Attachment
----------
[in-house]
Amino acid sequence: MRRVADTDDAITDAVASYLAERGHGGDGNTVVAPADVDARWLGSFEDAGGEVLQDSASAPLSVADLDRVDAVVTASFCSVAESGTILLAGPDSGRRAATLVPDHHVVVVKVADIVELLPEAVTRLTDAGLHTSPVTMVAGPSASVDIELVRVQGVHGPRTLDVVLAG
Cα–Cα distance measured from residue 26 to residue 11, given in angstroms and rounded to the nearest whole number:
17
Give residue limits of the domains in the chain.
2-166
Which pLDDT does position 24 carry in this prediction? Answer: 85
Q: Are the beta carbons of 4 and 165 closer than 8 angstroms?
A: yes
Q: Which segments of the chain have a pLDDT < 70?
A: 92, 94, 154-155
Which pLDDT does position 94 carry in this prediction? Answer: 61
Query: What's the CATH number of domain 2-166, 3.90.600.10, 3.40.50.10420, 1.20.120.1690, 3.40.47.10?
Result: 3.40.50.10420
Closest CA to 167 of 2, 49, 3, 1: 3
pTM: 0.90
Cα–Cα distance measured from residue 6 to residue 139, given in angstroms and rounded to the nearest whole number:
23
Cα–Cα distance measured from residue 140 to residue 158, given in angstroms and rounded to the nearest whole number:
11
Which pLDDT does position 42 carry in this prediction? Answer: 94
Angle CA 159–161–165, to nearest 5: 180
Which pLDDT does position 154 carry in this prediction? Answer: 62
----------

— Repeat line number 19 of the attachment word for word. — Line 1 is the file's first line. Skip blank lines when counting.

Cα–Cα distance measured from residue 140 to residue 158, given in angstroms and rounded to the nearest whole number: